To the Editor:

Complete and accurate information on genetic mutations and their effects on patients is essential for proper genetic healthcare. This realization led a group of prominent human geneticists to propose a federation of Locus-Specific Database (LSDB) curators as the best mode of collecting and curating accurate lists of mutations1. This subsequently led to the formation of the Mutation Database Initiative (MDI)2 under the auspices of the Human Genome Organisation (HUGO); MDI later became a society now known as the Human Genome Variation Society (HGVS)3,4.

Key activities aimed at collecting mutations were initiated, including encouraging collection of information (the first step in creating a database) by inviting reviews of mutations in genes for the journal Human Mutation, creating guidelines for nomenclature of mutations5,6,7,8, initiating quality control of LSDB content9,10 and specifying the minimum content of LSDBs11,12. More recently, the content of 100 representative LSDBs was published, leading to further recommendations for content13 and a recommended form, published by members of the initiative, for submitting mutations to LSDBs (ref. 14 and As a result of this activity, the number of LSDBs grew to 83 by 2002. More recently, customized software has been made available to assist new curators (for example, LOVD15 and UMD16).

Documentation of LSDBs as an aid to research and clinical care began, and a listing was posted on the HUGO/MDI website (now the HGVS website; in early 1998 containing 209 databases; this listing was later published17. The listing has grown over the years, making it increasingly difficult to maintain; thus, a new database of LSDBs was created as a relational database on a MySQL database platform ( to make curation of these sites easier. In January 2006, a program was initiated to update and add unlisted LSDBs. Dead links were investigated, and curators were contacted to create new links. This process led to the permanent deletion of four LSDBs and the addition of 176 more LSDBs from various sources, 75 of which were from the Retina International Scientific Newsletter Mutation Databases (see below) and 72 from the IMT Bioinformatic Groups Mutation Databases (see below). The latter two sets could perhaps be called aggregated databases. With Retina International, it appears that the databases are derived directly from the literature. The latest listing (9 March 2007) now includes 672 LSDBs and is likely to grow ( This number represents 32% of genes in which at least one mutation has been reported (according to the Human Gene Mutation Database (HGMD); 2,056 genes, as of 9 March 2007).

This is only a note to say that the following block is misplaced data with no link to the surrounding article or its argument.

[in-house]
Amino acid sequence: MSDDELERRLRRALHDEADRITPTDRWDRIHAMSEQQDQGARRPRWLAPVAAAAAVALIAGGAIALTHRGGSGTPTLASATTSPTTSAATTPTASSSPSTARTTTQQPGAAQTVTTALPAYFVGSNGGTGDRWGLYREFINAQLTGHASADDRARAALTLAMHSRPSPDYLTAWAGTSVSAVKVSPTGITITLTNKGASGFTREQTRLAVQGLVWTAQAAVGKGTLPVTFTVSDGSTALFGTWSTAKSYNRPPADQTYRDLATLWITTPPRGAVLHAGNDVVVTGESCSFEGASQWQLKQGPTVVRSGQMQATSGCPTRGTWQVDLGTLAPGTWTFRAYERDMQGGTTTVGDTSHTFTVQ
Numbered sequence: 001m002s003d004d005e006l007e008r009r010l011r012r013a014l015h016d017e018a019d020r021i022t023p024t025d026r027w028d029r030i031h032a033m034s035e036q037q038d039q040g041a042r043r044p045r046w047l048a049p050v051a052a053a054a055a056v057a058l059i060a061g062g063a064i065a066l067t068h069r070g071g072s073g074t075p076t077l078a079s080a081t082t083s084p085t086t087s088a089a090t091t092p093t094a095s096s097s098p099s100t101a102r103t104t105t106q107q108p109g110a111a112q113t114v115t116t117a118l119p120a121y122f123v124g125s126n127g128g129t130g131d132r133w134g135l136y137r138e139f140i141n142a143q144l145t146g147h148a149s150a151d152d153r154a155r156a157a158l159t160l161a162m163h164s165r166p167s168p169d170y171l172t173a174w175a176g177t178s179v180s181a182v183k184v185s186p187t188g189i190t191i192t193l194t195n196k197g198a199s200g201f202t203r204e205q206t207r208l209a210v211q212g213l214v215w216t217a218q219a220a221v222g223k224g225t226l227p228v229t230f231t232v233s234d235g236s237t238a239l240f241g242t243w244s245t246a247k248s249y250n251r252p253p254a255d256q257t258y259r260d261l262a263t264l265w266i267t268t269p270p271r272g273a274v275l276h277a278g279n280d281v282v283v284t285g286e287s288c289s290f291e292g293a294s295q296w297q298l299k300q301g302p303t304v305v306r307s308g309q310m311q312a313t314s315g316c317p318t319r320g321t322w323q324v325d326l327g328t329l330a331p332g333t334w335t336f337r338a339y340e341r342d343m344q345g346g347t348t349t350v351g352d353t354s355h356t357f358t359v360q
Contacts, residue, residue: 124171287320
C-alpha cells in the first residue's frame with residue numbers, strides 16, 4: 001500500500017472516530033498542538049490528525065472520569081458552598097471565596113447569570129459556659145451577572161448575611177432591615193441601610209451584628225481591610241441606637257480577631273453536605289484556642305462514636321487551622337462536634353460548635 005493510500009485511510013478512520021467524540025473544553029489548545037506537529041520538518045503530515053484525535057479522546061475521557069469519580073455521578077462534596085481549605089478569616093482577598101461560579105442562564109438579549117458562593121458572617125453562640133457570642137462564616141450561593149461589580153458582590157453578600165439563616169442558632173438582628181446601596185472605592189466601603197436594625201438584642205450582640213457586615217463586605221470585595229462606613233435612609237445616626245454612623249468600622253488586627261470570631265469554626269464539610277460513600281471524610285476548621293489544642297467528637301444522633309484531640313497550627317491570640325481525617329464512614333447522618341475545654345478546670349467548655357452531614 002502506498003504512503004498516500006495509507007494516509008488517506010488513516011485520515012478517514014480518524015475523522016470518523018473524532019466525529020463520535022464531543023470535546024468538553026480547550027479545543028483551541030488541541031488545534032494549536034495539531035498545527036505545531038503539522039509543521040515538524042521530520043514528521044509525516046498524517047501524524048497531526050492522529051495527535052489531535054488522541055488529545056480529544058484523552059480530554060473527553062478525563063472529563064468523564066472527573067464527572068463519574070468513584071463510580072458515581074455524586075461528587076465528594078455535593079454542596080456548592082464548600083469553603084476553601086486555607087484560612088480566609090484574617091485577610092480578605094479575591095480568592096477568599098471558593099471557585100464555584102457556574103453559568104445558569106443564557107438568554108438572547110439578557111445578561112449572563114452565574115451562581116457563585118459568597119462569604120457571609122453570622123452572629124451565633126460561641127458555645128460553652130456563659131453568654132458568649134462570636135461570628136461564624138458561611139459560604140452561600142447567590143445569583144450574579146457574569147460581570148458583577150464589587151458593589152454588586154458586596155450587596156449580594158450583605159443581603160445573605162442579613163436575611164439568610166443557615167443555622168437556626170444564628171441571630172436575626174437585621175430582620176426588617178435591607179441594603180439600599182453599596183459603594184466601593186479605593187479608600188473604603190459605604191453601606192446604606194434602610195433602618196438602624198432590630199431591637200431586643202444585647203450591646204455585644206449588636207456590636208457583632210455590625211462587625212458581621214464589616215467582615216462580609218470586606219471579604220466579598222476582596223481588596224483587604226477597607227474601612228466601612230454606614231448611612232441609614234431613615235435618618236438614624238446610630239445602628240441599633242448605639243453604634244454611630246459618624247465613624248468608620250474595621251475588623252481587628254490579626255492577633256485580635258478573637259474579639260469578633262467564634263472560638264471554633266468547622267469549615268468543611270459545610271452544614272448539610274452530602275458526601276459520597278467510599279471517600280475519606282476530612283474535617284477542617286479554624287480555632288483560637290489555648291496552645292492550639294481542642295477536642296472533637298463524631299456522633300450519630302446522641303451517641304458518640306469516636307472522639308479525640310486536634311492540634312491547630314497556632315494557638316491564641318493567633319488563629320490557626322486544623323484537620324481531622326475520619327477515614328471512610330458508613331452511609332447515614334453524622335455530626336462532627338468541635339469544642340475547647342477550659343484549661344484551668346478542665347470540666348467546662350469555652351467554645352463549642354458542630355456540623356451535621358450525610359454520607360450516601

Beyond the information displayed on the HGVS website, the LSDB database includes gene-specific links to outside databases to aid in curation (EMBL's Ensembl (, the HUGO Gene Nomenclature Committee's gene nomenclature database ( and NCBI's Entrez Gene (

LSDBs are important because (i) curation by experts on the genes under consideration is hugely superior to that which can be given by experts on databases that collect mutations on all genes, such as OMIM18 and HGMD19, and (ii) curators are generally able to collect unpublished mutations from their laboratories, collaborators and abstracts, and unpublished mutations can represent as much as 50% of the total20.

These LSDBs are extremely useful—indeed, vital—to research and proper healthcare, but there is usually little or no funding for this activity. This has led to a number of databases not being updated recently or even being withdrawn. A mechanism clearly needs to be found to prevent this loss of data and data collection.

If there are any LSDBs in existence that do not appear on the list, the authors would be pleased to hear of them.